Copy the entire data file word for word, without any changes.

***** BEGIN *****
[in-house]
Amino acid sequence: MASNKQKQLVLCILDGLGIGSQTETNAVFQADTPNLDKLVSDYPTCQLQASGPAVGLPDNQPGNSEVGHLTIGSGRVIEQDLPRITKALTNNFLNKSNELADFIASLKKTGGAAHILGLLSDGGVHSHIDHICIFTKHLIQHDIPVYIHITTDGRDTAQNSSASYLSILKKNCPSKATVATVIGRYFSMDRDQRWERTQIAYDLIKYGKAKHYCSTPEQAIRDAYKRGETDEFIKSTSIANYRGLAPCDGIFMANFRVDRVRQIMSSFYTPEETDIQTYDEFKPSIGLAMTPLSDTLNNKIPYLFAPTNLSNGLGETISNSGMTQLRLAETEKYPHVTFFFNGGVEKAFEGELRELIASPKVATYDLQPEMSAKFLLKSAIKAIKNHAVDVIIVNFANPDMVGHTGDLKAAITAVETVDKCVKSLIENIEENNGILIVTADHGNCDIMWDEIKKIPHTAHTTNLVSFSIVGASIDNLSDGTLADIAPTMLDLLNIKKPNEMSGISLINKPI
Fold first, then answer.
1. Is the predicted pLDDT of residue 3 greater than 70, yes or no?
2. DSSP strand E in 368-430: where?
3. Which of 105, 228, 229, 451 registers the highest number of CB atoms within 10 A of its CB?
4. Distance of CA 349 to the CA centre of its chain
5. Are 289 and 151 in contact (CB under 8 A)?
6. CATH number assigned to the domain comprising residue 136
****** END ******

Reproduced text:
[in-house]
Amino acid sequence: MASNKQKQLVLCILDGLGIGSQTETNAVFQADTPNLDKLVSDYPTCQLQASGPAVGLPDNQPGNSEVGHLTIGSGRVIEQDLPRITKALTNNFLNKSNELADFIASLKKTGGAAHILGLLSDGGVHSHIDHICIFTKHLIQHDIPVYIHITTDGRDTAQNSSASYLSILKKNCPSKATVATVIGRYFSMDRDQRWERTQIAYDLIKYGKAKHYCSTPEQAIRDAYKRGETDEFIKSTSIANYRGLAPCDGIFMANFRVDRVRQIMSSFYTPEETDIQTYDEFKPSIGLAMTPLSDTLNNKIPYLFAPTNLSNGLGETISNSGMTQLRLAETEKYPHVTFFFNGGVEKAFEGELRELIASPKVATYDLQPEMSAKFLLKSAIKAIKNHAVDVIIVNFANPDMVGHTGDLKAAITAVETVDKCVKSLIENIEENNGILIVTADHGNCDIMWDEIKKIPHTAHTTNLVSFSIVGASIDNLSDGTLADIAPTMLDLLNIKKPNEMSGISLINKPI
Fold first, then answer.
1. Is the predicted pLDDT of residue 3 greater than 70, yes or no?
2. DSSP strand E in 368-430: where?
3. Which of 105, 228, 229, 451 registers the highest number of CB atoms within 10 A of its CB?
4. Distance of CA 349 to the CA centre of its chain
5. Are 289 and 151 in contact (CB under 8 A)?
6. CATH number assigned to the domain comprising residue 136